Wednesday, 20 February 2013

Sovereign debt managers and repo markets

Just came across a presentation from the Italian debt management office (DMO) on their repo activity. Useful to complement my research on central banks and repo markets, and the paper I am writing with Cornel Ban on the role of private collateral managers (repo-related)  on sovereign bond markets. The presentation is based on a questionaire sent to DMOs in 18 countries, and so it adds valuable insights to the still embryonic information we have on the operation of repo markets.

1. Country differences: 

There are specific country mechanisms at play. The DMO engages directly in the repo market in most countries (AUS, DE, FI, DEN, NL, PR, Spain, UK) and through the central bank (independent from open market operations) in Brazil and the US. Australia, New Zeeland and Canada use both the DMO and central banks. DMOs in Italy, Japan and Malta do not intervene at all in the repo market for various reasons: no need (Japan), operational barriers (Japan and Italy)

First question raised here: is this a hidden form of coordination central bank/fiscal authority? What rules govern the interaction between the two?

2. Reasons for intervention:

DMOs and Central Banks carry out REPO operations for cash management purposes, to reduce market squeezes on specific bonds, to increase secondary market liquidity.

This is the interesting bit because it can indicate the extent to which the DMO can provide support to the bond market, particularly in times of stress (a la Spain) when liquidity spirals ignited by the private financial sector can threaten the liquidity of the sovereign bond market. The second and third (reduce market squeezes and increase secondary market liqudity) could both be used for this purpose.

Dissagregated data is provided: DMOs in 9 countries use repos for cash management, 5 to reduce market squeeze and 7 to increase secondary market liquidity.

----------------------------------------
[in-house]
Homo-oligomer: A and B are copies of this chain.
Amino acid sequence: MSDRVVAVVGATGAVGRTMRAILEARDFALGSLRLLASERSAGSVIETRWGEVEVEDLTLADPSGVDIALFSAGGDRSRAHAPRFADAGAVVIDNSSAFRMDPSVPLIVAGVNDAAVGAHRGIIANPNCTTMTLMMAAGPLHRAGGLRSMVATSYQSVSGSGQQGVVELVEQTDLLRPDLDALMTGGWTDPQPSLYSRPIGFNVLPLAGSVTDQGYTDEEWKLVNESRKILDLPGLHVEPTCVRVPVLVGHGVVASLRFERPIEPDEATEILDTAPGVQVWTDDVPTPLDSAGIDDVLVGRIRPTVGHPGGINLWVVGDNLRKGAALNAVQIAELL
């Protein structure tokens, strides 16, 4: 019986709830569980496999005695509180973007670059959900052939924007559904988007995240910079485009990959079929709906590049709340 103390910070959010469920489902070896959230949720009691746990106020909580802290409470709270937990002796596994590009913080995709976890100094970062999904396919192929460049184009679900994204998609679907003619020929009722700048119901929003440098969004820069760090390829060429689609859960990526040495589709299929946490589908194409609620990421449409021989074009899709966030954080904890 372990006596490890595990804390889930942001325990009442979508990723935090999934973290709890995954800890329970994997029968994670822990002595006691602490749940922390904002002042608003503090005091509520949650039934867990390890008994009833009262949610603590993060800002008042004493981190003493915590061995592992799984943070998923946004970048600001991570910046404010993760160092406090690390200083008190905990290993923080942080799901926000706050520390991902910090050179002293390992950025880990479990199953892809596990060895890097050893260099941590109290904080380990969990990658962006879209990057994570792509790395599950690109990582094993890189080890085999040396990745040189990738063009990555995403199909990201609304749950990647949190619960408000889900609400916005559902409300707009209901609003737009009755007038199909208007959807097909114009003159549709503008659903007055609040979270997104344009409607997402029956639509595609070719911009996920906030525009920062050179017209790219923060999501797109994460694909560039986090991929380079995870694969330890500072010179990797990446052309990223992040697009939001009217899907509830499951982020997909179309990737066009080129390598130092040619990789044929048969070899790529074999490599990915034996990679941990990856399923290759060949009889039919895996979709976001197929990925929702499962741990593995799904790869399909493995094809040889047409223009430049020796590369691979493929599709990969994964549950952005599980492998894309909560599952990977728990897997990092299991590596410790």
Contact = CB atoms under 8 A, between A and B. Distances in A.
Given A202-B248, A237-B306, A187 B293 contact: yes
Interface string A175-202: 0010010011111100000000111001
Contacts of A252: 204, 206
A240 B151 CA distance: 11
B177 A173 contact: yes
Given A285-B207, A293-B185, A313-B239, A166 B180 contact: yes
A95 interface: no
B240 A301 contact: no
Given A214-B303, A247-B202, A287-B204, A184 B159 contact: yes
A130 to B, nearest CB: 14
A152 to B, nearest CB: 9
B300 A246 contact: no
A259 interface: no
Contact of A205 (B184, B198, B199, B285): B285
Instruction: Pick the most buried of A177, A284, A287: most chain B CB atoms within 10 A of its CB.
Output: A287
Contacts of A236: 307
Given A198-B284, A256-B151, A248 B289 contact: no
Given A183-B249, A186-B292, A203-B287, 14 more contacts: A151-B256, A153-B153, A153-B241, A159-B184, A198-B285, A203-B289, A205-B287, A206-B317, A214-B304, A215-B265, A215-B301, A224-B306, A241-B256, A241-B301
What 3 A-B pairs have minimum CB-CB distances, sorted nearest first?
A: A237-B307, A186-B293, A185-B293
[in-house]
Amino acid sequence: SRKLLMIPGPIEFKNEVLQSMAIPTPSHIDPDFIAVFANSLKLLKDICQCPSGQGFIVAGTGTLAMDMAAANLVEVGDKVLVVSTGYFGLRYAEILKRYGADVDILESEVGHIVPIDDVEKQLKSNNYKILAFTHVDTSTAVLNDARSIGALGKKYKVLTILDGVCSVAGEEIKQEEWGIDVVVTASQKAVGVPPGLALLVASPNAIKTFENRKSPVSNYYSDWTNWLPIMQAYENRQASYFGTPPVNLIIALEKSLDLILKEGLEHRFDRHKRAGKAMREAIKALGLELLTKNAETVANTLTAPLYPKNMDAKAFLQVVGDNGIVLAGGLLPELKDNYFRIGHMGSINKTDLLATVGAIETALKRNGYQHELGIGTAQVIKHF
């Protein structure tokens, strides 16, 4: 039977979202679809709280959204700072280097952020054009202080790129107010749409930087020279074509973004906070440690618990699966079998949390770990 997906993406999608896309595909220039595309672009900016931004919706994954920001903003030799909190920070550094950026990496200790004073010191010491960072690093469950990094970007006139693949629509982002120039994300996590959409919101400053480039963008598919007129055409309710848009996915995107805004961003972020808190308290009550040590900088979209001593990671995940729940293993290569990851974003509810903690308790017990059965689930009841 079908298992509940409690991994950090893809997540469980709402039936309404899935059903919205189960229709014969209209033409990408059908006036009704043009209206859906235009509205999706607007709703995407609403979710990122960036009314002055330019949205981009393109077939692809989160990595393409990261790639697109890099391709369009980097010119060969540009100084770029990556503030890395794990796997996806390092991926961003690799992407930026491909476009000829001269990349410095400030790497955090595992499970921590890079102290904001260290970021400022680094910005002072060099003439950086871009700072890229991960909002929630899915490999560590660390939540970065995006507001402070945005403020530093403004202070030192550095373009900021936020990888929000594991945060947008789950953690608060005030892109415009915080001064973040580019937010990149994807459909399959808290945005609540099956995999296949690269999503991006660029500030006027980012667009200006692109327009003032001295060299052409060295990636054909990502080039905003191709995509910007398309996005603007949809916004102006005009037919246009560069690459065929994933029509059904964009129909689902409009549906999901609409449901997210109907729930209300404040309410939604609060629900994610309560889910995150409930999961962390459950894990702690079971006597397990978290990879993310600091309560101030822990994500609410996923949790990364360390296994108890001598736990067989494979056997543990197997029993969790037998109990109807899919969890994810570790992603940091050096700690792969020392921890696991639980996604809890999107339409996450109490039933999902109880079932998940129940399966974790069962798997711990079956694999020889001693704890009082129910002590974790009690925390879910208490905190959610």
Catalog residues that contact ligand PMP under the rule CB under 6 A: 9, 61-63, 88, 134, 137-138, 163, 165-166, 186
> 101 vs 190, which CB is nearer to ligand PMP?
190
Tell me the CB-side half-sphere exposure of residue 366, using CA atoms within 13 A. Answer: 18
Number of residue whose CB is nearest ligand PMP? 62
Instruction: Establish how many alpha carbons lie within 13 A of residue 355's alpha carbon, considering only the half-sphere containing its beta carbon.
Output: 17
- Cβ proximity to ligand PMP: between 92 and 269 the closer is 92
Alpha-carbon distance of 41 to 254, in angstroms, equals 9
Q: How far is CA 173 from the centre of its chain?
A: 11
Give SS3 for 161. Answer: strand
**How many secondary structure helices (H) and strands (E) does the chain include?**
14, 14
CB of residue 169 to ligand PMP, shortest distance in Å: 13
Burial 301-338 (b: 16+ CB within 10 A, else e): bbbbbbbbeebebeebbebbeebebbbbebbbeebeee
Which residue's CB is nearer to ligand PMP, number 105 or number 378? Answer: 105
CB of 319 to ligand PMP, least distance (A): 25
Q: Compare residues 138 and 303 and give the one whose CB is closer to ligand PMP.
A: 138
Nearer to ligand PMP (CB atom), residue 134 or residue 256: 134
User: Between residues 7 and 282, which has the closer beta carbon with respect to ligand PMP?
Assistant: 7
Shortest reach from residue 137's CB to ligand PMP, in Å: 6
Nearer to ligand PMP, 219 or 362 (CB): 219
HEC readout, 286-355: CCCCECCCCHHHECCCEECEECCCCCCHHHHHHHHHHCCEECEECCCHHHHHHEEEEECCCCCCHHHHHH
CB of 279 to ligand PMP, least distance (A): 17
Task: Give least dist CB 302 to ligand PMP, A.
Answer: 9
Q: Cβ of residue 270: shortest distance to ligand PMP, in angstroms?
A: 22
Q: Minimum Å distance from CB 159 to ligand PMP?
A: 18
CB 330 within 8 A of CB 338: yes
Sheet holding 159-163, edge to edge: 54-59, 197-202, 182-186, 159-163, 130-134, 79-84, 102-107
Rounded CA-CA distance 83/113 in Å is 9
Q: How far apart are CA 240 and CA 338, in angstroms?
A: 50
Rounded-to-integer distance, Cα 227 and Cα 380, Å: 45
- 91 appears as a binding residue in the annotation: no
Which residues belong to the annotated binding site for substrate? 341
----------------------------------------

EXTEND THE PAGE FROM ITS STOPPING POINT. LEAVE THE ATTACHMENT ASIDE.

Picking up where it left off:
Italy's DMO does not intervene in any form and so has renounced to make use of a possible stabilization tool. It should because its sovereign bond market is the second largest contributor to the European private repo market (ICMA data).

3. Types of repo:

Most DMOs engage in both special repos (using a specific asset) and General Collateral (an agreed basket). With special repos (right-hand graph), DMOs can target particular market segments, and respond to private demand for special repos that reflects high demand/shortage of a particular asset, often for trading/speculative reasons rather than for funding (the GC repo).

4. Sourcing collateral.

This is where DMOs are like no other repo market player. Private players source collateral from their own portfolios or by borrowing (sec lending). The DMO can issue ad-hoc tranches and cancel them after the repo operations: almost half of respondents do. Viewed from the shadow banking literature that treats repos like money-like instruments, there is an important parallel here: DMOs can do for collateralized financial intermediation what the central bank does for traditional banking, creating additional 'shadow' money to ease repo market tensions/shortages.This is when governments (DMOs) become central banks.

In sum, we now know more about the potential role that sovereign debt managers can play to offset the pro-cyclicality underpinning the repo market. The modus operandi across countries are very different, and some questions are left un-answered.

  • Do DMOs use haircuts/margin maintanance for repos beyond overnight? If they do, as some central banks (the ECB), then the counter-cyclical function will be diminished.
  • Can DMOs afford not to intervene where their sovereign bond market is an important source of collateral (Italy?)
  • What explains the difference between different approaches, and what are the benefits/drawbacks of coordinating withe the central bank?

1 comment:

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